The Advanced Problem Solving
resources are designed to take you from being a keen mathematics student without much experience in answering STEP and other advanced mathematics examinations questions to being a confident mathematician capable of passing your examinations
with flying colours and making the transition to studying mathematics at a top university.
If you have come to this page as a Year 12 student, you're in a great position - past STEP and other advanced mathematics examinations candidates often say they wish they'd started their preparation earlier. The early modules of this collection are designed to ease you into problem solving and teach you new mathematical techniques, and should be accessible to anyone who has done the first year of
their A levels, or equivalent. Don't worry if you're a little closer to sitting the exams when you start your preparation though - it just means that you might need to work through the modules a little more quickly.
The preparation modules consist of a brief explanation of the contents of the module, and then a small selection of resources. These usually consist of an article explaining some mathematics or offering some problem-solving advice, together with a variety of activities including short problems, in-depth investigations and suggested past advanced examination paper questions on a particular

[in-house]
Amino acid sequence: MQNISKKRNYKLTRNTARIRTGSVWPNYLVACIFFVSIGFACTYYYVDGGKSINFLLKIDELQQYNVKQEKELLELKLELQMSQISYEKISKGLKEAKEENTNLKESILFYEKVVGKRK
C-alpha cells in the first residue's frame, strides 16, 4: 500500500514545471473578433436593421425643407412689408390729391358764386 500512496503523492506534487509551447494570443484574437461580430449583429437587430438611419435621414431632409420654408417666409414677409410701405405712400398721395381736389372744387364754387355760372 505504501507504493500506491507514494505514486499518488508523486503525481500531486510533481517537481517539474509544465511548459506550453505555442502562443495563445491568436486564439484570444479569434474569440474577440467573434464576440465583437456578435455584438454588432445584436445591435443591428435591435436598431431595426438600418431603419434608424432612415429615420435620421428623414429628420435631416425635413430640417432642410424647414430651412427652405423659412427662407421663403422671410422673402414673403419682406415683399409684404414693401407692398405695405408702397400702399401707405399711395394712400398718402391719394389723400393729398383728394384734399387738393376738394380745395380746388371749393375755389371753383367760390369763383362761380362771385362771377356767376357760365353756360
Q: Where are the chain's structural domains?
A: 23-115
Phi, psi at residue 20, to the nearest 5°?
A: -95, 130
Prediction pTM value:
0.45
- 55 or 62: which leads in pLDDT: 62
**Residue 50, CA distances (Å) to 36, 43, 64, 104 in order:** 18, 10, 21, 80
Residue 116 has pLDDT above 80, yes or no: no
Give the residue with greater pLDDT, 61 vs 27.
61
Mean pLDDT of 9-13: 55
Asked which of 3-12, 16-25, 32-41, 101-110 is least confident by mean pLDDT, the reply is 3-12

It is important to begin your exam preparation by consolidating your mathematical knowledge and building your fluency and speed, so even if a problem seems straightforward, it's worth working through! As the year goes on, you may find the difficulty level of the problems will increase, so that by the summer, you will be well prepared to tackle full STEP or other advanced mathematics examinations
We suggest that you get a folder to file your STEP and other advanced mathematics examinations work in, so that you can easily look back on your work. Work through the modules at your own pace; our suggestion is one module per fortnight. It is a good idea to look back on earlier modules
every few weeks to remind yourself of what you've already learned. This can be a great confidence boost too, as you look back and see how much you've achieved!
Keep aside two or three recent years' exam papers to use as timed tests for yourself in the weeks immediately before your exams.
In addition to this general advice, each module will contain lots of helpful tips to help you to become a stronger and more confident mathematician. All that remains to be said here is good luck!